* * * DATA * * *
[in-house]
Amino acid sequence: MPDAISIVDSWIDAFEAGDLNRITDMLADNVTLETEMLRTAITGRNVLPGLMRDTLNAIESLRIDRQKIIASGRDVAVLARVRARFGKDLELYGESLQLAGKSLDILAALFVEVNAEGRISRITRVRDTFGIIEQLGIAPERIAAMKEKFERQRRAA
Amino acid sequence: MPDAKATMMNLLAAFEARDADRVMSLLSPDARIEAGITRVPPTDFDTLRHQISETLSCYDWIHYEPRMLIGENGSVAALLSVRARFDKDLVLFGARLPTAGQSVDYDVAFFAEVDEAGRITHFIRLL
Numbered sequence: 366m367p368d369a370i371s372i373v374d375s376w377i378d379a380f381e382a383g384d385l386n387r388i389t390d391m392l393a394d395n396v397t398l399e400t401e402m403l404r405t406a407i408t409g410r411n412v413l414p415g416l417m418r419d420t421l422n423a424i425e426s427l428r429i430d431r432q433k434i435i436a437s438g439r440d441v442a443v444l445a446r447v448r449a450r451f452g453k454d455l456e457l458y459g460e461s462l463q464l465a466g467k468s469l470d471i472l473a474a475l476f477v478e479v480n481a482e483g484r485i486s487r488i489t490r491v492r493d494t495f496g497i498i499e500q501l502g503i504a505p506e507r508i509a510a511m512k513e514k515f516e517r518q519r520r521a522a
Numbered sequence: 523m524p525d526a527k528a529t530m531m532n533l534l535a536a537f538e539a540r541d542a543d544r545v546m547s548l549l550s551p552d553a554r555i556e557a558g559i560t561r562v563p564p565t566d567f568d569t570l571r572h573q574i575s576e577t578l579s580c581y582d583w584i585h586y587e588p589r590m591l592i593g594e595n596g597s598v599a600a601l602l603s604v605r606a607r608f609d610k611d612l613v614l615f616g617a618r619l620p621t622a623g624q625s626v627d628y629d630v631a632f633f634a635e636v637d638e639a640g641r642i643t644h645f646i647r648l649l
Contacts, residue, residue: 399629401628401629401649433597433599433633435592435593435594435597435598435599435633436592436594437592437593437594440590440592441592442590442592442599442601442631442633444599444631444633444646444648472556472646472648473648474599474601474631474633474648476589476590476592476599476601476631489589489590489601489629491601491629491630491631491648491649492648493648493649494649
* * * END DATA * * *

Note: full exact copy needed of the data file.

[in-house]
Amino acid sequence: MPDAISIVDSWIDAFEAGDLNRITDMLADNVTLETEMLRTAITGRNVLPGLMRDTLNAIESLRIDRQKIIASGRDVAVLARVRARFGKDLELYGESLQLAGKSLDILAALFVEVNAEGRISRITRVRDTFGIIEQLGIAPERIAAMKEKFERQRRAA
Amino acid sequence: MPDAKATMMNLLAAFEARDADRVMSLLSPDARIEAGITRVPPTDFDTLRHQISETLSCYDWIHYEPRMLIGENGSVAALLSVRARFDKDLVLFGARLPTAGQSVDYDVAFFAEVDEAGRITHFIRLL
Numbered sequence: 366m367p368d369a370i371s372i373v374d375s376w377i378d379a380f381e382a383g384d385l386n387r388i389t390d391m392l393a394d395n396v397t398l399e400t401e402m403l404r405t406a407i408t409g410r411n412v413l414p415g416l417m418r419d420t421l422n423a424i425e426s427l428r429i430d431r432q433k434i435i436a437s438g439r440d441v442a443v444l445a446r447v448r449a450r451f452g453k454d455l456e457l458y459g460e461s462l463q464l465a466g467k468s469l470d471i472l473a474a475l476f477v478e479v480n481a482e483g484r485i486s487r488i489t490r491v492r493d494t495f496g497i498i499e500q501l502g503i504a505p506e507r508i509a510a511m512k513e514k515f516e517r518q519r520r521a522a
Numbered sequence: 523m524p525d526a527k528a529t530m531m532n533l534l535a536a537f538e539a540r541d542a543d544r545v546m547s548l549l550s551p552d553a554r555i556e557a558g559i560t561r562v563p564p565t566d567f568d569t570l571r572h573q574i575s576e577t578l579s580c581y582d583w584i585h586y587e588p589r590m591l592i593g594e595n596g597s598v599a600a601l602l603s604v605r606a607r608f609d610k611d612l613v614l615f616g617a618r619l620p621t622a623g624q625s626v627d628y629d630v631a632f633f634a635e636v637d638e639a640g641r642i643t644h645f646i647r648l649l
Contacts, residue, residue: 399629401628401629401649433597433599433633435592435593435594435597435598435599435633436592436594437592437593437594440590440592441592442590442592442599442601442631442633444599444631444633444646444648472556472646472648473648474599474601474631474633474648476589476590476592476599476601476631489589489590489601489629491601491629491630491631491648491649492648493648493649494649